A heated argument followed and,
wrote Jacobson, "I suddenly found
myself thinking that my dear
friend, the President of the United
States, was as close to being an
anti-Semite as a man could possi-
bly be, and I was shocked that
some of our own (un-named) Jew-
ish leaders should be responsible
for Mr. Truman's attitude."
Jacobson pulled his trump card
on the President, likening Tru-
man's study, admiration and idoli-
zation of President Andrew Jack-
son to his feelings for the waiting
and hoping Dr. Weizmann:
"Well, Harry, I too have a hero,"
he said after reminding Truman of
the President's fondness for Jack-
son, "a man I have never met, but
who is, I think, the greatest Jew
who ever lived" — Chaim Weiz-
mann.
Truman became . silent, drummed
his fingers on the desk, spun
around in his swivel chair to look
out the window, spun again,
"looked me straight in the eyes
and then said the most endearing
words I had ever heard from his
lips: "You win, you baldheaded
. I will see him-."
Jacobson then met Weizmann
at a nearby hotel for the first
time, and the soon-to-be presi-
dent of Israel "gave me the
sweetest smile I have ever seen"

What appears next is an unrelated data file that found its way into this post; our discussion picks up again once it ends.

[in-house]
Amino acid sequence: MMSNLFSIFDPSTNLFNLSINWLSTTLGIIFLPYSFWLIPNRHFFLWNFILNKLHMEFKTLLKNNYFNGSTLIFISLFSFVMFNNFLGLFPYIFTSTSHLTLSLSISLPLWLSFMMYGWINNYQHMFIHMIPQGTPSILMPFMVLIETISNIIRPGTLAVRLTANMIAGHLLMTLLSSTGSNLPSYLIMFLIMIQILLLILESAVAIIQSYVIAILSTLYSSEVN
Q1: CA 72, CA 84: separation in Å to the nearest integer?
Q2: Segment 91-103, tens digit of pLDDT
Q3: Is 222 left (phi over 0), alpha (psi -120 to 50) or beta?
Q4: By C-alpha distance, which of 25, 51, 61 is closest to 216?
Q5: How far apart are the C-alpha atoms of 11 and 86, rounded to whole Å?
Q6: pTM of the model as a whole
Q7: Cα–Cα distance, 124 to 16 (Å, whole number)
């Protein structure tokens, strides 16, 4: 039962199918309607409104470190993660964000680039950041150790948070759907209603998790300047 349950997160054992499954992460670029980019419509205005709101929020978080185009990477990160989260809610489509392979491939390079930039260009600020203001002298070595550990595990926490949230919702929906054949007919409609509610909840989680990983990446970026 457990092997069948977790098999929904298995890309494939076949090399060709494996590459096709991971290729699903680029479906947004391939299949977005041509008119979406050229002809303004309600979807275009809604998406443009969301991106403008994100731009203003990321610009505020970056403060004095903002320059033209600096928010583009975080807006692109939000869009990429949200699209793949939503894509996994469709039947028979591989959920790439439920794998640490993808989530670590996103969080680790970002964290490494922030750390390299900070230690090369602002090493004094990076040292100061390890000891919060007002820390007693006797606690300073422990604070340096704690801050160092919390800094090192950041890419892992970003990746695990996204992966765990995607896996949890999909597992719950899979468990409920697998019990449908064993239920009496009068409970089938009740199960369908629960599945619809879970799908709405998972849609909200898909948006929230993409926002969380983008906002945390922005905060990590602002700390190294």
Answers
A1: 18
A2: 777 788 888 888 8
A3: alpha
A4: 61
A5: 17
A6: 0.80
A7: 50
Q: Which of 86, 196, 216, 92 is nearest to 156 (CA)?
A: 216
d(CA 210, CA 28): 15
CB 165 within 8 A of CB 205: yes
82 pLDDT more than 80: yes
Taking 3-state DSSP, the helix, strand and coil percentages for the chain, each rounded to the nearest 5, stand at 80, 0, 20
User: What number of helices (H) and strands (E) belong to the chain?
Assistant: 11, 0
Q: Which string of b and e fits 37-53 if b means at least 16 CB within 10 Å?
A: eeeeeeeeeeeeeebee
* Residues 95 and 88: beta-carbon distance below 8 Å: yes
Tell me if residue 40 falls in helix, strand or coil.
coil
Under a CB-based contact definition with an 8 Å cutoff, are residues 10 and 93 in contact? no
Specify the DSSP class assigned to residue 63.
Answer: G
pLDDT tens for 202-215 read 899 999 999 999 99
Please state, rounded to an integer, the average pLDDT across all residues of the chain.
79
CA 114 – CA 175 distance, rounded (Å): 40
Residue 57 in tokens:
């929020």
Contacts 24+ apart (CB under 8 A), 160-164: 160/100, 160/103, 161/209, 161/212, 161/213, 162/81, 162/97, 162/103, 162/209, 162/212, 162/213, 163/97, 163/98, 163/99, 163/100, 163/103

when he was told that Truman
would see him.
Jacobson says he was never a
Zionist, a Jew pledged to Jewish
return to Israel, but Weizmann
could not have cared less that day.
The private off-the-record meet-
ing of the United States President
and the Israeli president-to-be was
a success although public pro-
nouncements by U. S. officials
went strongly against Israel dur-
ing those weeks.
Jacobson recalled that Weiz-
mann told him "don't be disap-
pointed and no not feel badly. I
do not believe that President Tru-

man knew what wa's going to hap-
pen in the United Nations . . .
Don't forget for a single moment
that Harry S. Truman is the most
powerful single man in the world.
You have a job to do; so keep the
White House doors open."
Jacobson did so and became an
unofficial envoy between Weiz-
mann and Truman handling deli-
cate issues and discussions that
later would be the province of
professional diplomats.
Truman recognized Israel on
May 14, 1948, and the last 20 years
have shown how close those links
forged in early 1948 have become.
Both Weizmann and Truman

Strike Threats by Israeli Crew

(Direct JTA Teletype Wire
to The Jewish News)

BREMERHAVEN, W. Germany
—Crewmen of the Israeli freighter
Avocadocore threatened to strike
Wednesday and said they would
not unload a cargo of bananas
that the 5.955-ton mortorship
brought here from Central Amer-
ica Tuesday. The strike threat